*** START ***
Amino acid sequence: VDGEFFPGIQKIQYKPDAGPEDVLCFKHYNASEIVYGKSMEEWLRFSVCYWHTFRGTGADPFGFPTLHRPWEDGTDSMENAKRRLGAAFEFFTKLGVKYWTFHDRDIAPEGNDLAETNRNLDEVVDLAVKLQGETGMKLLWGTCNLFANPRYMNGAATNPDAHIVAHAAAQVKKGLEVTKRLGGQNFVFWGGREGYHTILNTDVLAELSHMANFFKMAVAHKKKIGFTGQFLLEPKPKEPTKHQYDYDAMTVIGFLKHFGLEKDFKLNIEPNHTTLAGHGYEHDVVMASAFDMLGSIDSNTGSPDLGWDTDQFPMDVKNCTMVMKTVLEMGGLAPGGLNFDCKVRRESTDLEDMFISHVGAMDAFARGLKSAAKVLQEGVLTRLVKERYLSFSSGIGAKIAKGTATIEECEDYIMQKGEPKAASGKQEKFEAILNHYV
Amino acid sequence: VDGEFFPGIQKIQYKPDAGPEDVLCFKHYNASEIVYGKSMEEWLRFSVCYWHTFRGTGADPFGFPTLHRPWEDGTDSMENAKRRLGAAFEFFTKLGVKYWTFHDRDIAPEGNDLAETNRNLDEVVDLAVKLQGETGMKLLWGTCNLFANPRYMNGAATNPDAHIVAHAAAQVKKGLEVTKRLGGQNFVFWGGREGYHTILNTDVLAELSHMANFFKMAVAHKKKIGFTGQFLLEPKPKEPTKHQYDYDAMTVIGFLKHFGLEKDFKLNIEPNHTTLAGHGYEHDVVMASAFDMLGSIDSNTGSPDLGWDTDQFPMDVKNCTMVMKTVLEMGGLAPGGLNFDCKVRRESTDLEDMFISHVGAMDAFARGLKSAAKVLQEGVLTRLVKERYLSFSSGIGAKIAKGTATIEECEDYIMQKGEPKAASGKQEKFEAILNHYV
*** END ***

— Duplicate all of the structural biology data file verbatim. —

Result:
Amino acid sequence: VDGEFFPGIQKIQYKPDAGPEDVLCFKHYNASEIVYGKSMEEWLRFSVCYWHTFRGTGADPFGFPTLHRPWEDGTDSMENAKRRLGAAFEFFTKLGVKYWTFHDRDIAPEGNDLAETNRNLDEVVDLAVKLQGETGMKLLWGTCNLFANPRYMNGAATNPDAHIVAHAAAQVKKGLEVTKRLGGQNFVFWGGREGYHTILNTDVLAELSHMANFFKMAVAHKKKIGFTGQFLLEPKPKEPTKHQYDYDAMTVIGFLKHFGLEKDFKLNIEPNHTTLAGHGYEHDVVMASAFDMLGSIDSNTGSPDLGWDTDQFPMDVKNCTMVMKTVLEMGGLAPGGLNFDCKVRRESTDLEDMFISHVGAMDAFARGLKSAAKVLQEGVLTRLVKERYLSFSSGIGAKIAKGTATIEECEDYIMQKGEPKAASGKQEKFEAILNHYV
Amino acid sequence: VDGEFFPGIQKIQYKPDAGPEDVLCFKHYNASEIVYGKSMEEWLRFSVCYWHTFRGTGADPFGFPTLHRPWEDGTDSMENAKRRLGAAFEFFTKLGVKYWTFHDRDIAPEGNDLAETNRNLDEVVDLAVKLQGETGMKLLWGTCNLFANPRYMNGAATNPDAHIVAHAAAQVKKGLEVTKRLGGQNFVFWGGREGYHTILNTDVLAELSHMANFFKMAVAHKKKIGFTGQFLLEPKPKEPTKHQYDYDAMTVIGFLKHFGLEKDFKLNIEPNHTTLAGHGYEHDVVMASAFDMLGSIDSNTGSPDLGWDTDQFPMDVKNCTMVMKTVLEMGGLAPGGLNFDCKVRRESTDLEDMFISHVGAMDAFARGLKSAAKVLQEGVLTRLVKERYLSFSSGIGAKIAKGTATIEECEDYIMQKGEPKAASGKQEKFEAILNHYV